Naturally, using these energy sources to excess will have a negative effect on the environment but what can brands do to help reduce their levels of energy consumption without their production volumes suffering?
Using energy companies that provide green energy such as renewable electricity and carbon neutral gas is hopefully an area they would look to explore. Where possible, some brands may even go down the road of creating their own energy through the use of solar panelling at their manufacturing plants.
Research and development into creating more efficient string-making machinery would obviously be another area that string manufacturers could explore, however, we appreciate that these improvements don’t necessarily happen overnight.
Jon Moody, Manager of Product development at GHS Strings in Michigan, USA told us that “we (GHS) strive to be as eco-conscious as possible, and are always on the lookout for new ways to go green in every aspect of the production process.”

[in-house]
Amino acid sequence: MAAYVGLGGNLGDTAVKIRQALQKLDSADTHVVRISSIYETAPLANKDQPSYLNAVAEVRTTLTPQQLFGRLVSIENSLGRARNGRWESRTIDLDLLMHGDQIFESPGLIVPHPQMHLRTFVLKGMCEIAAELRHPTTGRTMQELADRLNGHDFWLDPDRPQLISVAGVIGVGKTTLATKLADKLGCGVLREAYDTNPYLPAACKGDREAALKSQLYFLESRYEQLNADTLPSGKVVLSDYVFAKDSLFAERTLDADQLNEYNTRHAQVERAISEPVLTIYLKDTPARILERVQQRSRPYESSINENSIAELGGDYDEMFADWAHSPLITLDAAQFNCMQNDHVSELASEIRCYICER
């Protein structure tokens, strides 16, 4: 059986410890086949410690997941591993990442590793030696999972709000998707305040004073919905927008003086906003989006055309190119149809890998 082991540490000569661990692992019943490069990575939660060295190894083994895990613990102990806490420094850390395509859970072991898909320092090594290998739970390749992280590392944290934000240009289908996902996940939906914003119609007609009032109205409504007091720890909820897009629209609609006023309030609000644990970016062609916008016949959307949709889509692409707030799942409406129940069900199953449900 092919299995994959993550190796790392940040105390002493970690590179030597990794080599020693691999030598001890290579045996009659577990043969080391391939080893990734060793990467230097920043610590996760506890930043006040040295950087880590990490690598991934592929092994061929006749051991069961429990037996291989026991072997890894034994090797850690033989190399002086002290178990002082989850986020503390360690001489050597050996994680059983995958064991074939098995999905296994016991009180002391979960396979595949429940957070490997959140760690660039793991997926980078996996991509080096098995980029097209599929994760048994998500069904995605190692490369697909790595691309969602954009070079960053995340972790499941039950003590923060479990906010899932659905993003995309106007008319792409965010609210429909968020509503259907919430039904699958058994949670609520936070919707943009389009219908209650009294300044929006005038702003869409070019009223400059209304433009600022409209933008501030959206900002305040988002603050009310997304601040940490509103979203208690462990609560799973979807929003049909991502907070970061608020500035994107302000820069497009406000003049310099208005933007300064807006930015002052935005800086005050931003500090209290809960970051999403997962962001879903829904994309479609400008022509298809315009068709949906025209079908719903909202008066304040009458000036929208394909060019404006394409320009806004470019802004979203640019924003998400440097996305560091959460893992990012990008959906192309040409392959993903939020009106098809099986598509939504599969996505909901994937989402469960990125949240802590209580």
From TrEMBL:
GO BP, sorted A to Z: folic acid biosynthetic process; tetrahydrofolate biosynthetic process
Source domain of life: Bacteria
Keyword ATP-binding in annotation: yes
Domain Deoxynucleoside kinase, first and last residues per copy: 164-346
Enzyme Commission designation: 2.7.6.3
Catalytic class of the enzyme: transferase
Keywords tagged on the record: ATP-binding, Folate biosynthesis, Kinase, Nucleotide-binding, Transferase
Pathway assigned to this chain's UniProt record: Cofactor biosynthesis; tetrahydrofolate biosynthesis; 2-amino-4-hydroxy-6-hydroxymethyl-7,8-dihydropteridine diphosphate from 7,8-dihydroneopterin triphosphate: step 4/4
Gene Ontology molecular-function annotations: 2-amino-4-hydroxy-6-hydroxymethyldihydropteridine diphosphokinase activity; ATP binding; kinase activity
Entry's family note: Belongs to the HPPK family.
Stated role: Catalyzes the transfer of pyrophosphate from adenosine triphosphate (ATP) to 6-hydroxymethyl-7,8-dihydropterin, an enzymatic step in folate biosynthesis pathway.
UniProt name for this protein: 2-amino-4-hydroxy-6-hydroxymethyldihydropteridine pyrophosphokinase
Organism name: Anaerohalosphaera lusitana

Becoming more carbon-neutral may pose quite an issue for the guitar string industry. After all, they have a responsibility towards producing great strings that arrive in the hands of the customer as fresh as the day they were made so packaging that preserves their lifespan is paramount.
It’s also easy to forget that before your strings even make it onto your guitar, they will often have travelled a long distance and had to endure a range of varying temperatures, humidities and atmospheric conditions that can potentially affect them. And that’s just one part of the story… Your strings may sit on the shelves of a guitar shop or in a supplier’s warehouse for several months before they even make it into your hands. As a result, the packaging needs to be “Fort Knox-esque” to prevent any of these potential nasties attacking their outer surface.